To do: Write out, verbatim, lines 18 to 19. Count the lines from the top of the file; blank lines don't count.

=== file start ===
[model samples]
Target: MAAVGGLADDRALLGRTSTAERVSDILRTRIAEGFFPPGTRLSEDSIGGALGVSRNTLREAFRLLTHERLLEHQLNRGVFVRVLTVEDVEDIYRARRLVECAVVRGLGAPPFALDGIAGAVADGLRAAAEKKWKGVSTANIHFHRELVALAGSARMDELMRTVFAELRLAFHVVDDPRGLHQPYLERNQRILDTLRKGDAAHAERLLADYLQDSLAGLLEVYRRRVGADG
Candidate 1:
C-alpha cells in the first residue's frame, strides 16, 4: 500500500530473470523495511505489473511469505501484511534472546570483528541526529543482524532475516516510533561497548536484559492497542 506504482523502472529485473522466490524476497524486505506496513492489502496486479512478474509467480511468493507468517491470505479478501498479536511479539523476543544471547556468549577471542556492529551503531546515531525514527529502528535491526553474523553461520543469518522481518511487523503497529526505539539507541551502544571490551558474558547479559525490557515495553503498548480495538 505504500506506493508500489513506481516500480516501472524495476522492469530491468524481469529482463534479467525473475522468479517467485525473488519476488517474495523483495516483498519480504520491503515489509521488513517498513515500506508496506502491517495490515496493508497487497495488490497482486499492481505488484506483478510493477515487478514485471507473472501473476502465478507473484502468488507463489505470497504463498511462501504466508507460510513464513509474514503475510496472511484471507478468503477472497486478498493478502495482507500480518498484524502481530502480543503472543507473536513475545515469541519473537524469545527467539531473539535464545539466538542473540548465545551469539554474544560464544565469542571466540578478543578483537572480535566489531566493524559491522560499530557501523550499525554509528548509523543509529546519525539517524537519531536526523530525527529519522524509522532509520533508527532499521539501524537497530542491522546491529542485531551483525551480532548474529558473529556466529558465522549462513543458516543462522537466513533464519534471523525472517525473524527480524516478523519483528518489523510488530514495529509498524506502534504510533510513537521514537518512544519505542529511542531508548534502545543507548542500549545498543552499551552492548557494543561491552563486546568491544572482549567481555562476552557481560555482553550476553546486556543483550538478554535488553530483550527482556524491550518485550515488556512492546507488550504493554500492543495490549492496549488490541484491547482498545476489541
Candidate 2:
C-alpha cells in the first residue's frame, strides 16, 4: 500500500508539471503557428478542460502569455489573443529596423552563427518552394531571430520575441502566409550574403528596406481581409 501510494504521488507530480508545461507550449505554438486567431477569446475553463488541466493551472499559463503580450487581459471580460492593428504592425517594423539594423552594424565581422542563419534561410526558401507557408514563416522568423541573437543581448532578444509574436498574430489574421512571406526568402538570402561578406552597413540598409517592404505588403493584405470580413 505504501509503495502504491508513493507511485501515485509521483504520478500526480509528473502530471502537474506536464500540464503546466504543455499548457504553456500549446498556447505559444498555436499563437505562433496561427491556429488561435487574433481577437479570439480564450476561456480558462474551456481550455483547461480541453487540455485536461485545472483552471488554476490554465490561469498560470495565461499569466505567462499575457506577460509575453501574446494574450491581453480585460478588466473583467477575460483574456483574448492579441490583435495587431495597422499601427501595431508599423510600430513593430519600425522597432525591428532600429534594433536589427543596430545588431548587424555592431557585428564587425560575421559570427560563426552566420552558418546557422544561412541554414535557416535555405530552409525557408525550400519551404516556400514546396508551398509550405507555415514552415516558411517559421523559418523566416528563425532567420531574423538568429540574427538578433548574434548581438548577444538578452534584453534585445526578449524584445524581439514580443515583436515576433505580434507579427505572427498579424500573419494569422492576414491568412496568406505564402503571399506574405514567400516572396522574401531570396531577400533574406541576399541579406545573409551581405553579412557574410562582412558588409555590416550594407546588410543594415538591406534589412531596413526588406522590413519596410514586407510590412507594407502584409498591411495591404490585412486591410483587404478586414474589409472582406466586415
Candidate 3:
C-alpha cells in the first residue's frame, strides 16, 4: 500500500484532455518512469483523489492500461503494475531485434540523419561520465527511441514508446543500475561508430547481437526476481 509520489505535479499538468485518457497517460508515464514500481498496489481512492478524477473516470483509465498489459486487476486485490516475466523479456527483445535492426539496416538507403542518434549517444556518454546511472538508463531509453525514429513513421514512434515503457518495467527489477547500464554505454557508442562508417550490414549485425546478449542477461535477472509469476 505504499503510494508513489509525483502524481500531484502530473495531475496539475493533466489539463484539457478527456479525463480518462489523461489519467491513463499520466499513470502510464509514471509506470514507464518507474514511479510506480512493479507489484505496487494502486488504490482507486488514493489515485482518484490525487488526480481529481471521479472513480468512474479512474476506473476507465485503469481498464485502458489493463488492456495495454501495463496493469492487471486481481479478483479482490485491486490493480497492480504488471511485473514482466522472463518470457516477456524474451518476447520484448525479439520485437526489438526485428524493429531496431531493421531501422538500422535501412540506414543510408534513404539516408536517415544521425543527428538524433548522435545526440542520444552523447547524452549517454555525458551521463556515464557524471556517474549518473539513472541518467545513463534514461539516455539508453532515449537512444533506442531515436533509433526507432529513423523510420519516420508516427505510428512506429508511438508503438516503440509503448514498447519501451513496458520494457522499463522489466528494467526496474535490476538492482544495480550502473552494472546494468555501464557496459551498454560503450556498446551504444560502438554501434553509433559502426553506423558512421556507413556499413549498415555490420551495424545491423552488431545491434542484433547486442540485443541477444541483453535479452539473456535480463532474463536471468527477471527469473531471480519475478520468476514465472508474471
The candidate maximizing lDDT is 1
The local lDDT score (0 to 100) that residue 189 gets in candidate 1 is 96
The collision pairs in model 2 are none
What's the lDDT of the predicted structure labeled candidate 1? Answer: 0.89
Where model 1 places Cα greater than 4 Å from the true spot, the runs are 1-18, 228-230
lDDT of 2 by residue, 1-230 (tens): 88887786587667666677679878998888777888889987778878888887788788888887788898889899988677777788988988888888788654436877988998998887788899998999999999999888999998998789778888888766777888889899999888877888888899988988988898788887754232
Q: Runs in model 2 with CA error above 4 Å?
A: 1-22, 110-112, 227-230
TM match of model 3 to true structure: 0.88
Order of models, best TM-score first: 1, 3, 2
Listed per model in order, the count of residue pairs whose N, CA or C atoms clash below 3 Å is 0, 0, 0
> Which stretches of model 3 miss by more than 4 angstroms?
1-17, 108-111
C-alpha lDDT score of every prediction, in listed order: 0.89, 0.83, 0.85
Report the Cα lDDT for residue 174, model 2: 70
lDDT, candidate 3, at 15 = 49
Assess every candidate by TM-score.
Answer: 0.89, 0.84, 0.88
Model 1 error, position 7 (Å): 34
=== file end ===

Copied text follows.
Order of models, best TM-score first: 1, 3, 2
Listed per model in order, the count of residue pairs whose N, CA or C atoms clash below 3 Å is 0, 0, 0